Franksgiving

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18_fdr_carves_thanksgiving_turkey_1933

Americans used to have the quaint custom of not putting out Christmas decorations until after Thanksgiving. That custom seemed to bode ill for the American economy in 1939 with Thanksgiving falling on November 30. President Lincoln had established the custom of Americans nationally thanking God for His blessings on the last Thursday in November. Now another president was going to make a change in this custom.

1939 was a lackluster year for the American economy, and President Roosevelt made the decision in August that Thanksgiving would be celebrated on the fourth Thursday instead, November 23. Polls indicated that a majority of the American people opposed the change with Republicans most opposed.

Twenty three states used the new date, twenty two states used the old date, and three states had holidays on both dates. The confusion this caused was fodder for comedians with Curly in a Three Stooges short No Census, No Feeling, remarks on the Fourth of July being in October. When Moe is incredulous, Curly responds, “You never can tell. Look what they did to Thanksgiving!”

Congress passed a Joint Resolution in 1941 formally switching Thanksgiving to the fourth Thursday in November. Some states continued to celebrate the traditional date with Texas being the last to do so in 1956. Ironically, a 1941 survey by the Commerce Department found no significant increase in retail sales in 1940 due to the change.

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4 Comments

  1. “Americans used to have the quaint custom of not putting out Christmas decorations until after Thanksgiving”

    In France, when I was young I recall old people complaining that Christmas decorations should not go up until O Sapientia (18th December, so called because it is the day on which the first of the O Antiphons are sung at Vespers)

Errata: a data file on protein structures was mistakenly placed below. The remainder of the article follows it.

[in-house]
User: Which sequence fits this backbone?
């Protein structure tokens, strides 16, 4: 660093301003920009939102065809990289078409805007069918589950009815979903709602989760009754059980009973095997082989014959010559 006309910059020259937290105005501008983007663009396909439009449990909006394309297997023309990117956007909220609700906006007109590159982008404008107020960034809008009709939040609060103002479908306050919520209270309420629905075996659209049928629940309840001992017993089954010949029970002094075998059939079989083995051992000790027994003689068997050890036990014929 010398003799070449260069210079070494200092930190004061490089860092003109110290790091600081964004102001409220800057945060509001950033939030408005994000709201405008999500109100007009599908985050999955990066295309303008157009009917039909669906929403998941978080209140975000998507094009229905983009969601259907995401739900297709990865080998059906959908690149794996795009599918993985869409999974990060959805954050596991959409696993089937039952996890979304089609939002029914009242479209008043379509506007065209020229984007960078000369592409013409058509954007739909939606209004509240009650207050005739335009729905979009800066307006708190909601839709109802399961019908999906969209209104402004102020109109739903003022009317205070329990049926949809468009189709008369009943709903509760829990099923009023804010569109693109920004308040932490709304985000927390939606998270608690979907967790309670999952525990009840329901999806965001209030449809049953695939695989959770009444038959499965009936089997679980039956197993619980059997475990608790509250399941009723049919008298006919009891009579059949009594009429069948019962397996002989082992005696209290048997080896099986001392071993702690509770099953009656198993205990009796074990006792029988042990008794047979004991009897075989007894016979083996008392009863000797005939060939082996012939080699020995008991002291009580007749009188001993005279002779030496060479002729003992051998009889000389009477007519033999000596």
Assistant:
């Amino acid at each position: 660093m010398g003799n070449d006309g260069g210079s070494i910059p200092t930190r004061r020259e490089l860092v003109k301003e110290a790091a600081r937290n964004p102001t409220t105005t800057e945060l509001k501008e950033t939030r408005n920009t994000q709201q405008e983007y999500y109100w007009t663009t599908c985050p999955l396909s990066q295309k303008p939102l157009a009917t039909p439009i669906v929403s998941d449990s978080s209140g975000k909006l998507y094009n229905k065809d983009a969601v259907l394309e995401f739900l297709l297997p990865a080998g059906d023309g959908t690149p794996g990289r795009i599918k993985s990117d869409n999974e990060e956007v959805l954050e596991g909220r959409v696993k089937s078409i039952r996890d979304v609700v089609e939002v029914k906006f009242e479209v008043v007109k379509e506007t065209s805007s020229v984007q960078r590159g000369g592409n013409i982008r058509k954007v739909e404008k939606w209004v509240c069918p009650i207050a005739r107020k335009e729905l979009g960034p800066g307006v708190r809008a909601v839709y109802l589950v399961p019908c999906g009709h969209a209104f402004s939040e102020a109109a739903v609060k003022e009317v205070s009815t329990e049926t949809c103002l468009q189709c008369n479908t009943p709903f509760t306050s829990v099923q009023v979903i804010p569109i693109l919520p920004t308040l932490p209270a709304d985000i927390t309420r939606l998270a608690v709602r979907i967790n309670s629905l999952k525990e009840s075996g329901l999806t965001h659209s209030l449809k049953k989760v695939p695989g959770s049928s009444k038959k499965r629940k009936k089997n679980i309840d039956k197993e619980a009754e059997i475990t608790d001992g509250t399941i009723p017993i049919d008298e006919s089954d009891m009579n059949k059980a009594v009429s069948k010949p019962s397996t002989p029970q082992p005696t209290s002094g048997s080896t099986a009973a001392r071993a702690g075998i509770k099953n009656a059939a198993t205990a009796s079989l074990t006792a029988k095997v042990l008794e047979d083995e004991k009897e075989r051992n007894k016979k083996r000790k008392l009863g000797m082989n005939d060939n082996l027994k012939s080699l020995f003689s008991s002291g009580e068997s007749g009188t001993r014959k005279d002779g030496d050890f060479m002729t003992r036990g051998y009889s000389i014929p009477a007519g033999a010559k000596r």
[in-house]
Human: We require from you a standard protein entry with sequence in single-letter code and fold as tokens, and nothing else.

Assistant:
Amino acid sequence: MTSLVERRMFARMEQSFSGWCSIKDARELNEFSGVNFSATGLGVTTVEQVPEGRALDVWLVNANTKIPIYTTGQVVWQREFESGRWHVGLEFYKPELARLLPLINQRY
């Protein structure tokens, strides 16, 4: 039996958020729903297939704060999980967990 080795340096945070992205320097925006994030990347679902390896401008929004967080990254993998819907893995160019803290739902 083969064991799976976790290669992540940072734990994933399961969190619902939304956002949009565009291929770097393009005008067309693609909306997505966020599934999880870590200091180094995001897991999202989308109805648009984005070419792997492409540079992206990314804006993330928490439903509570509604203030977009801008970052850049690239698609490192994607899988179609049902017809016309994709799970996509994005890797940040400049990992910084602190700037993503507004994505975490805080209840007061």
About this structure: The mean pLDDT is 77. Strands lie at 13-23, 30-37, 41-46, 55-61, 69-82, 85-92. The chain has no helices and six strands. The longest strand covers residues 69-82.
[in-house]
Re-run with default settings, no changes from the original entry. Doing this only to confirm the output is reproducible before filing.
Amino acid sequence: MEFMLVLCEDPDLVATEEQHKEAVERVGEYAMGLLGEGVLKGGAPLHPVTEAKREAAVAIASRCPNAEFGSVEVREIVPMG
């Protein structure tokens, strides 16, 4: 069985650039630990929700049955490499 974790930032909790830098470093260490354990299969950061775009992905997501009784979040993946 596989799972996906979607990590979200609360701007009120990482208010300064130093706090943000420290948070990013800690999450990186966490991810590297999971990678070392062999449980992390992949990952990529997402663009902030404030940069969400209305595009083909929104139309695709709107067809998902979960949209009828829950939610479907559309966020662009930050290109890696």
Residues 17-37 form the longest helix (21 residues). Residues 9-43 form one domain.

2. Of course, nowadays by Thanksgiving the Christmas decorations have been up so long they’ve got dust on them. I remember when the Christmas shopping season didn’t start until the day after Thanksgiving. Then it started drifting backwards. Interestingly, for a while it began before Halloween, but Halloween has become so commercially successful that it pushed the beginning of the Christmas season back to November 1st.

    It does interest me that the source of our secular holidays is still primarily Catholicism. Valentine’s Day (remember when it was St. Valentine’s Day?), St. Patrick’s Day, Halloween (indirectly); they’re all big secular money-makers. My bet, Mardi Gras is next.

  3. I absolutely love Thamksgiving through Epiphany. The only “lump of coal” in my happiness in the season is that they call what could be a fun family day “black Friday”. I know they are talking about making money and getting in the black–but what a downer of a name!

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